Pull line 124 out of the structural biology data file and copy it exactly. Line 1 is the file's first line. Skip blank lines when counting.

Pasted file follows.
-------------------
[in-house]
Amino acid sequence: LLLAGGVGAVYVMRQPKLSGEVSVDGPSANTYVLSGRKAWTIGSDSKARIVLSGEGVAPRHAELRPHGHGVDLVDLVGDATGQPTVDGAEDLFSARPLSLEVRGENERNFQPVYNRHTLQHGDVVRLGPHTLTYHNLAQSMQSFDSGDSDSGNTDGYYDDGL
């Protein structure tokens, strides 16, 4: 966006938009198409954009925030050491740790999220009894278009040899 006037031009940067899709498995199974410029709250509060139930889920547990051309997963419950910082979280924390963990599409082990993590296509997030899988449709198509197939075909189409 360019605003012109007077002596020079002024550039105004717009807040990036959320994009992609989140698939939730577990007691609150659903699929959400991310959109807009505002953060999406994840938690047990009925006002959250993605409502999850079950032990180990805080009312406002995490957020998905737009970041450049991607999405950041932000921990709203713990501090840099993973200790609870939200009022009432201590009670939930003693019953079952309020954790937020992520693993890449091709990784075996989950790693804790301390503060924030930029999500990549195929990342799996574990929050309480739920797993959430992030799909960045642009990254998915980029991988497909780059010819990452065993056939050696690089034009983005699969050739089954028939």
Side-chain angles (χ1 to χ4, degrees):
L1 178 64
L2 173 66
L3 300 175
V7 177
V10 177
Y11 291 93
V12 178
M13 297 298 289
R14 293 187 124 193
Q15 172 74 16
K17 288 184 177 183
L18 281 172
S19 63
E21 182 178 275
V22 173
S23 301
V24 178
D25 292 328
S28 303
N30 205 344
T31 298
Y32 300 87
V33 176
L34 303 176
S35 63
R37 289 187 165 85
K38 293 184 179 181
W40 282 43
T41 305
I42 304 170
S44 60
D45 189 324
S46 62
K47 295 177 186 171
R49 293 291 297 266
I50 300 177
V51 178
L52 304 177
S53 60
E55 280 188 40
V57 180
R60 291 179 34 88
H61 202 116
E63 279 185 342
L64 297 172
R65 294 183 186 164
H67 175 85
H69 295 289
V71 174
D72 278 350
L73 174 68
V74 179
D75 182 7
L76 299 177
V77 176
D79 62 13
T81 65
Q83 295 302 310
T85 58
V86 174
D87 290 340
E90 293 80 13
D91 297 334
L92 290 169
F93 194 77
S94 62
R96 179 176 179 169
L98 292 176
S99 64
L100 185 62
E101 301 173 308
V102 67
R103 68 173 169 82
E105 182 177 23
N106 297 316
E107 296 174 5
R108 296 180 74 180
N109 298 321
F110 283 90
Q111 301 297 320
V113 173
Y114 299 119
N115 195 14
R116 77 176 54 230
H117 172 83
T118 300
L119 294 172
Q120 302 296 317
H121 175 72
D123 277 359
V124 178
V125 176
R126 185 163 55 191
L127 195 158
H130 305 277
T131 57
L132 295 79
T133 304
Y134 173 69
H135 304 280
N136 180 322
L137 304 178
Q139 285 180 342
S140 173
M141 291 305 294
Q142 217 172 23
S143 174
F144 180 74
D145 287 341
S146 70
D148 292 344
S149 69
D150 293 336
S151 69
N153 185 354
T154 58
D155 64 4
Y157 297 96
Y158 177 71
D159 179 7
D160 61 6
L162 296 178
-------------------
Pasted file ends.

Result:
D159 179 7